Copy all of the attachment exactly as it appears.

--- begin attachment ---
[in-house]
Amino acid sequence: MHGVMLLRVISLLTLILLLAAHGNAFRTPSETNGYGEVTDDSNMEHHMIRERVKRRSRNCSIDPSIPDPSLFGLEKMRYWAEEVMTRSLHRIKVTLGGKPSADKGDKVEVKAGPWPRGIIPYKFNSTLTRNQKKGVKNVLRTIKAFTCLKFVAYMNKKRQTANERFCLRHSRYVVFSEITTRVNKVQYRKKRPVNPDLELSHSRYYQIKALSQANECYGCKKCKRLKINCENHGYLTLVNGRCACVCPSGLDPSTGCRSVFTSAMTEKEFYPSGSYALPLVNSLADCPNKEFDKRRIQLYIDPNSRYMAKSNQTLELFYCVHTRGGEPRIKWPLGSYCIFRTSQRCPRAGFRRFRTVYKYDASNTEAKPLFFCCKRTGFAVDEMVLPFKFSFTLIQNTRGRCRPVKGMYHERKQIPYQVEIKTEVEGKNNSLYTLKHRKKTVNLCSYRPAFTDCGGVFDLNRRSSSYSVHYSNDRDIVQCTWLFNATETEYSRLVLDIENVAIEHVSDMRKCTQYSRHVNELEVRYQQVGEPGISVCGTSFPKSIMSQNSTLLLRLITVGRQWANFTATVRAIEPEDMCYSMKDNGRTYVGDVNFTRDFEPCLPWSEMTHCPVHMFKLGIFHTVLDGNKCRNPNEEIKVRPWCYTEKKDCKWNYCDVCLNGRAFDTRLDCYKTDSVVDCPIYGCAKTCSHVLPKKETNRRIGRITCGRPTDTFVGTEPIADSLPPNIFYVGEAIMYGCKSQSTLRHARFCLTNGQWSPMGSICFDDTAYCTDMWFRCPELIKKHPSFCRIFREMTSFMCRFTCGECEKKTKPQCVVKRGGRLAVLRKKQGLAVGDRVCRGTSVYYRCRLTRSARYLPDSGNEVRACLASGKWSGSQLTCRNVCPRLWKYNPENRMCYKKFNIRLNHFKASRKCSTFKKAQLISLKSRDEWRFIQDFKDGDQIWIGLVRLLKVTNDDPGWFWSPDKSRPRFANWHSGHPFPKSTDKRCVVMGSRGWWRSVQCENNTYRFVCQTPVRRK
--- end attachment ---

[in-house]
Amino acid sequence: MHGVMLLRVISLLTLILLLAAHGNAFRTPSETNGYGEVTDDSNMEHHMIRERVKRRSRNCSIDPSIPDPSLFGLEKMRYWAEEVMTRSLHRIKVTLGGKPSADKGDKVEVKAGPWPRGIIPYKFNSTLTRNQKKGVKNVLRTIKAFTCLKFVAYMNKKRQTANERFCLRHSRYVVFSEITTRVNKVQYRKKRPVNPDLELSHSRYYQIKALSQANECYGCKKCKRLKINCENHGYLTLVNGRCACVCPSGLDPSTGCRSVFTSAMTEKEFYPSGSYALPLVNSLADCPNKEFDKRRIQLYIDPNSRYMAKSNQTLELFYCVHTRGGEPRIKWPLGSYCIFRTSQRCPRAGFRRFRTVYKYDASNTEAKPLFFCCKRTGFAVDEMVLPFKFSFTLIQNTRGRCRPVKGMYHERKQIPYQVEIKTEVEGKNNSLYTLKHRKKTVNLCSYRPAFTDCGGVFDLNRRSSSYSVHYSNDRDIVQCTWLFNATETEYSRLVLDIENVAIEHVSDMRKCTQYSRHVNELEVRYQQVGEPGISVCGTSFPKSIMSQNSTLLLRLITVGRQWANFTATVRAIEPEDMCYSMKDNGRTYVGDVNFTRDFEPCLPWSEMTHCPVHMFKLGIFHTVLDGNKCRNPNEEIKVRPWCYTEKKDCKWNYCDVCLNGRAFDTRLDCYKTDSVVDCPIYGCAKTCSHVLPKKETNRRIGRITCGRPTDTFVGTEPIADSLPPNIFYVGEAIMYGCKSQSTLRHARFCLTNGQWSPMGSICFDDTAYCTDMWFRCPELIKKHPSFCRIFREMTSFMCRFTCGECEKKTKPQCVVKRGGRLAVLRKKQGLAVGDRVCRGTSVYYRCRLTRSARYLPDSGNEVRACLASGKWSGSQLTCRNVCPRLWKYNPENRMCYKKFNIRLNHFKASRKCSTFKKAQLISLKSRDEWRFIQDFKDGDQIWIGLVRLLKVTNDDPGWFWSPDKSRPRFANWHSGHPFPKSTDKRCVVMGSRGWWRSVQCENNTYRFVCQTPVRRK